THE OLD EAST INDIAMAN
An enthusiastic crowd of workmen and seafarers gathered one day long ago at Blackwall to witness the launching of the Lion.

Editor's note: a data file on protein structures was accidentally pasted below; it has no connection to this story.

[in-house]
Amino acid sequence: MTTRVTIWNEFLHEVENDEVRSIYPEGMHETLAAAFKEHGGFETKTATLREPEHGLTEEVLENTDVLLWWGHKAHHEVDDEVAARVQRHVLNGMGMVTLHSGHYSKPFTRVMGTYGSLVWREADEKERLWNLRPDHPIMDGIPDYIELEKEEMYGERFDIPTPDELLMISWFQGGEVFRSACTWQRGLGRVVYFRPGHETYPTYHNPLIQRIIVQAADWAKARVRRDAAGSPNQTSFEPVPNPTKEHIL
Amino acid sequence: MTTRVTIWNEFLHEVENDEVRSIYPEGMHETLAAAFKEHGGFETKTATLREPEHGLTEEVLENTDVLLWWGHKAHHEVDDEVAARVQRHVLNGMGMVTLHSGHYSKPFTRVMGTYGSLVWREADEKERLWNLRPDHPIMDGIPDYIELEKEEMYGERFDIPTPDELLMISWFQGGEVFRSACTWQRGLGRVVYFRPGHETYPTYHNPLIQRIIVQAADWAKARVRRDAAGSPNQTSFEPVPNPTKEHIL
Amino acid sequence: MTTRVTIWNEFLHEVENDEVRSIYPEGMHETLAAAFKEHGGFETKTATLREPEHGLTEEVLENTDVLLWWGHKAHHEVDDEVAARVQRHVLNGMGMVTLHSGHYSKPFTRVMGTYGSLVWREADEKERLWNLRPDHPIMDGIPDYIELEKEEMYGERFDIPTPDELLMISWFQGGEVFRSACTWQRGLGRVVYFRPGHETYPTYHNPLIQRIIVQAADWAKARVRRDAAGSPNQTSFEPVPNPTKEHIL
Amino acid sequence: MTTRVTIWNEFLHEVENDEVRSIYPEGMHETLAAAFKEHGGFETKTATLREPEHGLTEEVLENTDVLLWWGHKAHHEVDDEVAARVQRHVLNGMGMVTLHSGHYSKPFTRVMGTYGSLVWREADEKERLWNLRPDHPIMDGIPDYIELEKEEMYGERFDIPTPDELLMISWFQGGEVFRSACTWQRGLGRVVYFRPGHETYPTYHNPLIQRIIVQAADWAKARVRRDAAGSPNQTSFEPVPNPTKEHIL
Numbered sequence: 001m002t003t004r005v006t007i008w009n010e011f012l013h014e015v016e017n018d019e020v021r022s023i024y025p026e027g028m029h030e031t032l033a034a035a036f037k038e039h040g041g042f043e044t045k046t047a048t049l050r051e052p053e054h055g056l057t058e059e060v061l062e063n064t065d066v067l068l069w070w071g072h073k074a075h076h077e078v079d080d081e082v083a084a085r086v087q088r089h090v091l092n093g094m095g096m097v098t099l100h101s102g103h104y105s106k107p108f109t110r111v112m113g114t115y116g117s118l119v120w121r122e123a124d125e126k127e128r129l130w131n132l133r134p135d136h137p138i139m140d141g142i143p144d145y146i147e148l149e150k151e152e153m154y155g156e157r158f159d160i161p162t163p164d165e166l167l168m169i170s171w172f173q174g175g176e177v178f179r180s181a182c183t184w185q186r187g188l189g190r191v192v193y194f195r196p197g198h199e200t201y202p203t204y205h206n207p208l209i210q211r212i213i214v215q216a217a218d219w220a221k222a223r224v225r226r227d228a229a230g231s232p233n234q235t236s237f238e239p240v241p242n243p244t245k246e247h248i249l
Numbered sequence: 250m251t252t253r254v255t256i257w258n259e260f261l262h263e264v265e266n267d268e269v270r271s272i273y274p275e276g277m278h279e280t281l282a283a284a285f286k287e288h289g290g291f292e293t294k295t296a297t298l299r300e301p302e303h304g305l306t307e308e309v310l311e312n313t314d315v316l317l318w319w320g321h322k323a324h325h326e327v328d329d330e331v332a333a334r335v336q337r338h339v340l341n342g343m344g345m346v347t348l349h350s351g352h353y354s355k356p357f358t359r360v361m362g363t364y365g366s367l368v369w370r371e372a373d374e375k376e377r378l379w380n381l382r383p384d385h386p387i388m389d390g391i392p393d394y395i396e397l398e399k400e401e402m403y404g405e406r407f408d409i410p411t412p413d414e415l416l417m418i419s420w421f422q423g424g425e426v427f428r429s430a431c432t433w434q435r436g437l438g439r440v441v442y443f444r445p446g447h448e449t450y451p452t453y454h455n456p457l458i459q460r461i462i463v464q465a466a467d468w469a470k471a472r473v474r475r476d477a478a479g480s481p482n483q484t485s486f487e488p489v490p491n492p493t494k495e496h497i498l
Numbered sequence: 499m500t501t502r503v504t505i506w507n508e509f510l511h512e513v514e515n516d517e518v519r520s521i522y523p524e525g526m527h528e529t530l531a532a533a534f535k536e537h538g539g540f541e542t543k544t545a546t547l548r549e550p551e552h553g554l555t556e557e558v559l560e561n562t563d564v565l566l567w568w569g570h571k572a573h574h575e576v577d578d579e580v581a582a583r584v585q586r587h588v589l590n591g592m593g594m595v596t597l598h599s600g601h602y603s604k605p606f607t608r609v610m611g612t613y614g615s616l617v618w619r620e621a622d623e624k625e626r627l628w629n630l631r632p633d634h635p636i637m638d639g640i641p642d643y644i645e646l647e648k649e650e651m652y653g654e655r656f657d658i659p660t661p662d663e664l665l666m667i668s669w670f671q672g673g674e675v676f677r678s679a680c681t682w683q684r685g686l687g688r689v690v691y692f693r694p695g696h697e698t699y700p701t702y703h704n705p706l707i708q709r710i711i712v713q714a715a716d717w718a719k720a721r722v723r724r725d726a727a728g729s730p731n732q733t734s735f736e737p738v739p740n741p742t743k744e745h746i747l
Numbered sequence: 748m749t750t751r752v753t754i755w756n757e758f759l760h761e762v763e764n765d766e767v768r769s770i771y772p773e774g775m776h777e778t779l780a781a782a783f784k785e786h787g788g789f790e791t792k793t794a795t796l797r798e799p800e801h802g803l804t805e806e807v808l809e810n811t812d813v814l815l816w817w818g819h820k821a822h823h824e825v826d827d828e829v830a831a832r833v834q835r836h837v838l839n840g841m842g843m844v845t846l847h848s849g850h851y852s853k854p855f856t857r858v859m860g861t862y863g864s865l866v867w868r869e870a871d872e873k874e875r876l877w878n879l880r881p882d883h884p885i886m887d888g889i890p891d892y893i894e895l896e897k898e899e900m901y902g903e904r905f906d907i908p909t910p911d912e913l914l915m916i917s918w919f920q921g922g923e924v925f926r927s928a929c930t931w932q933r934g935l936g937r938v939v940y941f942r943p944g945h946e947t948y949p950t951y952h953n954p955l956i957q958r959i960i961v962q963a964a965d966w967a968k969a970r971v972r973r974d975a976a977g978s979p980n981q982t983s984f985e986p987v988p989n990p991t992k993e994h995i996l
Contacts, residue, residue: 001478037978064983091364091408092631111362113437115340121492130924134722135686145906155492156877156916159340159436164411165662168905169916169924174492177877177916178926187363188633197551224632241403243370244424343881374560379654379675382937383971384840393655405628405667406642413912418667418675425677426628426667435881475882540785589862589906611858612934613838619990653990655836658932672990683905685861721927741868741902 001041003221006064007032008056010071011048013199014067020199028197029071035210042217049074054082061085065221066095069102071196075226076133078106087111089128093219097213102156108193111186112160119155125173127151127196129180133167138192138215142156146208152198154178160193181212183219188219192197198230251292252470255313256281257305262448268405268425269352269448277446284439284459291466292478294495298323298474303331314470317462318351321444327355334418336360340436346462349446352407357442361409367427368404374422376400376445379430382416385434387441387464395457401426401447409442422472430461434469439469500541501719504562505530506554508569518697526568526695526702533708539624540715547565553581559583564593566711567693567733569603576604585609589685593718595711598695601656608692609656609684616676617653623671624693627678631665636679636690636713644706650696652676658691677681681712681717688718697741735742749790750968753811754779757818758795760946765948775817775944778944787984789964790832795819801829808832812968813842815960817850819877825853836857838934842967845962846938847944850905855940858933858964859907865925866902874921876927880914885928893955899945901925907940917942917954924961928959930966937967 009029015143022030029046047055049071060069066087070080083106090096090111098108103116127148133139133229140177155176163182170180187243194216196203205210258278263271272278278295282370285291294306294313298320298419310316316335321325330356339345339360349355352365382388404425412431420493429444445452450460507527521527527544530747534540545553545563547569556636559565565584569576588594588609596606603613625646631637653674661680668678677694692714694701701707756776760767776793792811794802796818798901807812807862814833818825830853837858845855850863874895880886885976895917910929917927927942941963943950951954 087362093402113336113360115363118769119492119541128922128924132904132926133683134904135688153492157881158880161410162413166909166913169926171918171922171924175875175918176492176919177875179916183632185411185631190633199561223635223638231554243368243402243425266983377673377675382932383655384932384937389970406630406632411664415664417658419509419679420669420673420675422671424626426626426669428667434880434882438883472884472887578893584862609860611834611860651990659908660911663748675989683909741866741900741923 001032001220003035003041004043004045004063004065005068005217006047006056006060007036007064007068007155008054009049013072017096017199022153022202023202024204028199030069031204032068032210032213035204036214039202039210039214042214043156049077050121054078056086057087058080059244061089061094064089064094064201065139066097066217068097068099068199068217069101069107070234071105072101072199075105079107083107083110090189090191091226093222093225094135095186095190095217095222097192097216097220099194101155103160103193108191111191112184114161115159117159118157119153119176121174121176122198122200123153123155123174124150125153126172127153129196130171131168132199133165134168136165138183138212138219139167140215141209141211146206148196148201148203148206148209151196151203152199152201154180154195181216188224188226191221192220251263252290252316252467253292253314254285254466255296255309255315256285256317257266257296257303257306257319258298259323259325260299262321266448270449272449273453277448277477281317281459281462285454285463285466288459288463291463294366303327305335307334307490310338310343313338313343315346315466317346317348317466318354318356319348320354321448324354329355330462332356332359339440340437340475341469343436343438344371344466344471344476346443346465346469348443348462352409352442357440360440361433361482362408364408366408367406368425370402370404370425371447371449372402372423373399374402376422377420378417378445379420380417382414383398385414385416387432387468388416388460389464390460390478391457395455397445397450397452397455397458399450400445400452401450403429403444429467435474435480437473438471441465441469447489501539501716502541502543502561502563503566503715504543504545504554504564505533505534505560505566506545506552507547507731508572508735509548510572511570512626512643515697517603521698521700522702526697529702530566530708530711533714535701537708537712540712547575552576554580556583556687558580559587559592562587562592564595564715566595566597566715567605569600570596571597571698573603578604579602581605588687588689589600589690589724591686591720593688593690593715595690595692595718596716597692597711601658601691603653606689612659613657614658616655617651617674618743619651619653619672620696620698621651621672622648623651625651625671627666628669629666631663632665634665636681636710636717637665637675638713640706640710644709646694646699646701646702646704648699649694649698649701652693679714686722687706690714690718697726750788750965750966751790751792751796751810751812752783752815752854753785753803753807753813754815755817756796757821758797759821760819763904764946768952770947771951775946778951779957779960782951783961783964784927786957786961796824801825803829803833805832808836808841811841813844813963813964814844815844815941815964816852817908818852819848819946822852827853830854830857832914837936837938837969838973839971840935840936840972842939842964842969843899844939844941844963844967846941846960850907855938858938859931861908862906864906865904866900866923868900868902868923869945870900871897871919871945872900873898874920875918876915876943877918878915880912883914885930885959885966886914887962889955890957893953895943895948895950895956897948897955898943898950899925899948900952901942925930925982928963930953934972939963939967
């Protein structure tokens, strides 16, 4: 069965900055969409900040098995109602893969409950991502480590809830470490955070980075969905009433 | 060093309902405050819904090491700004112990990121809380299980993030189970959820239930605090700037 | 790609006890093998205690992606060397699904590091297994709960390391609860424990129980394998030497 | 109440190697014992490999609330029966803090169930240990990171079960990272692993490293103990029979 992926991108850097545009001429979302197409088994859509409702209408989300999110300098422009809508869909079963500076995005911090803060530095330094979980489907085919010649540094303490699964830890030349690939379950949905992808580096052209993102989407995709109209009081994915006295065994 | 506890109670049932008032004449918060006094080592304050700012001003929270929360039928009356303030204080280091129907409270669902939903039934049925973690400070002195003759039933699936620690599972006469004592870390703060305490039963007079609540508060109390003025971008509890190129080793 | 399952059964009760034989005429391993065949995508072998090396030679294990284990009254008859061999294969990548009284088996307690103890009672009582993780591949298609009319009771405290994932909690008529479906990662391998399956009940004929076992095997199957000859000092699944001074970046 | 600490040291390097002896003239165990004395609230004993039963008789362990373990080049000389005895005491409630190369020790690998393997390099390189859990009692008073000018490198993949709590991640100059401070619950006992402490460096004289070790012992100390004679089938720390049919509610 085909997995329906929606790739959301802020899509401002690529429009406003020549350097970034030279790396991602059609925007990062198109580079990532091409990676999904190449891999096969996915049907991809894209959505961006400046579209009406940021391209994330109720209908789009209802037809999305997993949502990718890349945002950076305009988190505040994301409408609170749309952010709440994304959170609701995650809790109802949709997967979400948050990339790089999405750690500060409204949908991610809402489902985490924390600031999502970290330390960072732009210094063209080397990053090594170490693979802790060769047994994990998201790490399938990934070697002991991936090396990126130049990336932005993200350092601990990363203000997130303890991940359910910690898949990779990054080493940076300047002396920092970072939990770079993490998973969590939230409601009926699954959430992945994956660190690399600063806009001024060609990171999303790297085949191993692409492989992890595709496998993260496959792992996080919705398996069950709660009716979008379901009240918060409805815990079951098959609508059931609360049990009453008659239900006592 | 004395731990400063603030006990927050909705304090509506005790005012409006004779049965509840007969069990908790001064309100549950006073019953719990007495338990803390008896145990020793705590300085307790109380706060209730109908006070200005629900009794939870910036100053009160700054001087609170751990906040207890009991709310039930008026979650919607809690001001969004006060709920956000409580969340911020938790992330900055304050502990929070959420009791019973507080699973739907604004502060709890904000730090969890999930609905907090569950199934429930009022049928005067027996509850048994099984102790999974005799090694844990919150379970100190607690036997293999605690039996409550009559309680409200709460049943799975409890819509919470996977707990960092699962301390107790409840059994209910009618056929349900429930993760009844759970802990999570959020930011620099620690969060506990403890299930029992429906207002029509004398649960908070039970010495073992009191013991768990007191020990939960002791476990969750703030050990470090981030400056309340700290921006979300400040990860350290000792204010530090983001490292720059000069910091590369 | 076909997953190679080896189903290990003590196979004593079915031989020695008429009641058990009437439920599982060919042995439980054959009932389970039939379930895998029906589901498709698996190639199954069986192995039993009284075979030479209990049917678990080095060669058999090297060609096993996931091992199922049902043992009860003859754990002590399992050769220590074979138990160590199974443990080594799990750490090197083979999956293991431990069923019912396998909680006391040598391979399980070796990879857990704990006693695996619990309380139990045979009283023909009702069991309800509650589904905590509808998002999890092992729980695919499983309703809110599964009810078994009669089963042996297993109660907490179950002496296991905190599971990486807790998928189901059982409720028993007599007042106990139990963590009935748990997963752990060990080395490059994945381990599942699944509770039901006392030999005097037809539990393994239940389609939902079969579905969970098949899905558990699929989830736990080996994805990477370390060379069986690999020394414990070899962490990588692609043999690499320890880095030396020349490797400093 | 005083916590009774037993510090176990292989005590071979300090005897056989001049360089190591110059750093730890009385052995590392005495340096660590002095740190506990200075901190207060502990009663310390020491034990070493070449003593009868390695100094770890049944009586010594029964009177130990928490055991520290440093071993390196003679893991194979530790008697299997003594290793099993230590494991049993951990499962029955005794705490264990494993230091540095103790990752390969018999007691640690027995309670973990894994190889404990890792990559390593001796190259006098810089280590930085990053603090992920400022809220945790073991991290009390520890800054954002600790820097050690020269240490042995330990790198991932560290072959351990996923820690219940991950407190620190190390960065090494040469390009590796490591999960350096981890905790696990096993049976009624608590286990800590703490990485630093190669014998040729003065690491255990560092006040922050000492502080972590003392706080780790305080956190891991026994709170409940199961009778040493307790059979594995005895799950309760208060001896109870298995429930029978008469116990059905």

Every man among them felt a personal interest in the majestic fabric that, under the proud labours of those skilful shipwrights, had gradually grown up out of the trim piles of oak, greenheart, and teak, and taken on the splendid shape of an East Indiaman, in the days when those grand vessels were queens of the wide sea. Green’s renowned draughtsmen had lavished all their skill upon her design, every device known to men whose calling was their pride, and to whom the Blackwall Yard was the centre of the shipbuilding world, had been employed to make the Lion the finest of all the great fleet that had been brought into being there. Decked with flags from stem to stern, the sun glinting brightly on the rampant crimson lion that towered proudly on high from her stem, she glided gracefully from the ways amid the thunder of cannon and the deafening shouts of exultant thousands. And when, two months later, she sailed for Madras with eighty prime seamen forrard and a hundred passengers in her spacious cuddy, who so proud as her stately commander? His eye flashed as he watched the nimble evolutions of his bonny bluejackets leaping from spar to spar, and he felt that, given fitting opportunity, he would have no overwhelming task to tackle a French line-of-battle ship, even though he was but a peaceful merchantman.